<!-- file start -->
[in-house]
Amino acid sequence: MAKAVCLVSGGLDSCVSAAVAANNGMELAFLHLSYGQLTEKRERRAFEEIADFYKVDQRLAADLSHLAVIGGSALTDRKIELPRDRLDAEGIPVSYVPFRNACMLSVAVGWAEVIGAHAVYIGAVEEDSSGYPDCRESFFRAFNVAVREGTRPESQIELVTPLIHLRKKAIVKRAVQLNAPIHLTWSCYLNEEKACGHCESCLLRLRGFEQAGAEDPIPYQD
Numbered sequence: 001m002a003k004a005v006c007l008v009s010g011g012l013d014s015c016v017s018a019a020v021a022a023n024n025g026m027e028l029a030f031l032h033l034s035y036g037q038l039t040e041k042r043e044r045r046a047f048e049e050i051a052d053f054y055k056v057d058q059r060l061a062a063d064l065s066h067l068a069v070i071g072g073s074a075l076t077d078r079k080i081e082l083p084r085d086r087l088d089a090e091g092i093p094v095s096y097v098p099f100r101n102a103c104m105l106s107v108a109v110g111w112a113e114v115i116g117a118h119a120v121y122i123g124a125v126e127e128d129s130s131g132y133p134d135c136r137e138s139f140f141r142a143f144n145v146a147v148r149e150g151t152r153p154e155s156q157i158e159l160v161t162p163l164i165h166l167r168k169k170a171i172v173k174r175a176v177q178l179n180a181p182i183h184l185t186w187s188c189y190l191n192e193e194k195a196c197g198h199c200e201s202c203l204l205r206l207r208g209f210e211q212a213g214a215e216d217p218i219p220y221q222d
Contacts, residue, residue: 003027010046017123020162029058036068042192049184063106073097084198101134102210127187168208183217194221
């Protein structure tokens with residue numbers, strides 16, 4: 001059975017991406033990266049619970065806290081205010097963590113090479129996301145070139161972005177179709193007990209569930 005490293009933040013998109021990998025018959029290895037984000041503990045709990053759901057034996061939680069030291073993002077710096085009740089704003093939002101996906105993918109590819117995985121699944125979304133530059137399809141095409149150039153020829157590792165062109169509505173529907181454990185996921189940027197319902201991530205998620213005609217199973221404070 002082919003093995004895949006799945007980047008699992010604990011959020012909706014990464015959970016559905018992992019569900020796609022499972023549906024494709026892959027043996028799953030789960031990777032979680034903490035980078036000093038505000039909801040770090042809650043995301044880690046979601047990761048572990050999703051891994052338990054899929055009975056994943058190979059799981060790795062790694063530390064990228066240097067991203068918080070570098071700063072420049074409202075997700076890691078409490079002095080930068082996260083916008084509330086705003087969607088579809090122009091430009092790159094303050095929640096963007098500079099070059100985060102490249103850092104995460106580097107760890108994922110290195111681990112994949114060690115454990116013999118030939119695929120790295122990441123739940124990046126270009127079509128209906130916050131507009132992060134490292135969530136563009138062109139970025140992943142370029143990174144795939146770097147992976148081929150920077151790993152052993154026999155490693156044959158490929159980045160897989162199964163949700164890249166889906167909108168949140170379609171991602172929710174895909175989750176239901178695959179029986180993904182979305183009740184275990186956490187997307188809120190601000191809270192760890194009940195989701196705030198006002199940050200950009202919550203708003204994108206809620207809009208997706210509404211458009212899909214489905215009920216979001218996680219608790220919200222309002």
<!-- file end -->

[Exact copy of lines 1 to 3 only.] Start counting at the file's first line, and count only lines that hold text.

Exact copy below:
[in-house]
Amino acid sequence: MAKAVCLVSGGLDSCVSAAVAANNGMELAFLHLSYGQLTEKRERRAFEEIADFYKVDQRLAADLSHLAVIGGSALTDRKIELPRDRLDAEGIPVSYVPFRNACMLSVAVGWAEVIGAHAVYIGAVEEDSSGYPDCRESFFRAFNVAVREGTRPESQIELVTPLIHLRKKAIVKRAVQLNAPIHLTWSCYLNEEKACGHCESCLLRLRGFEQAGAEDPIPYQD
Numbered sequence: 001m002a003k004a005v006c007l008v009s010g011g012l013d014s015c016v017s018a019a020v021a022a023n024n025g026m027e028l029a030f031l032h033l034s035y036g037q038l039t040e041k042r043e044r045r046a047f048e049e050i051a052d053f054y055k056v057d058q059r060l061a062a063d064l065s066h067l068a069v070i071g072g073s074a075l076t077d078r079k080i081e082l083p084r085d086r087l088d089a090e091g092i093p094v095s096y097v098p099f100r101n102a103c104m105l106s107v108a109v110g111w112a113e114v115i116g117a118h119a120v121y122i123g124a125v126e127e128d129s130s131g132y133p134d135c136r137e138s139f140f141r142a143f144n145v146a147v148r149e150g151t152r153p154e155s156q157i158e159l160v161t162p163l164i165h166l167r168k169k170a171i172v173k174r175a176v177q178l179n180a181p182i183h184l185t186w187s188c189y190l191n192e193e194k195a196c197g198h199c200e201s202c203l204l205r206l207r208g209f210e211q212a213g214a215e216d217p218i219p220y221q222d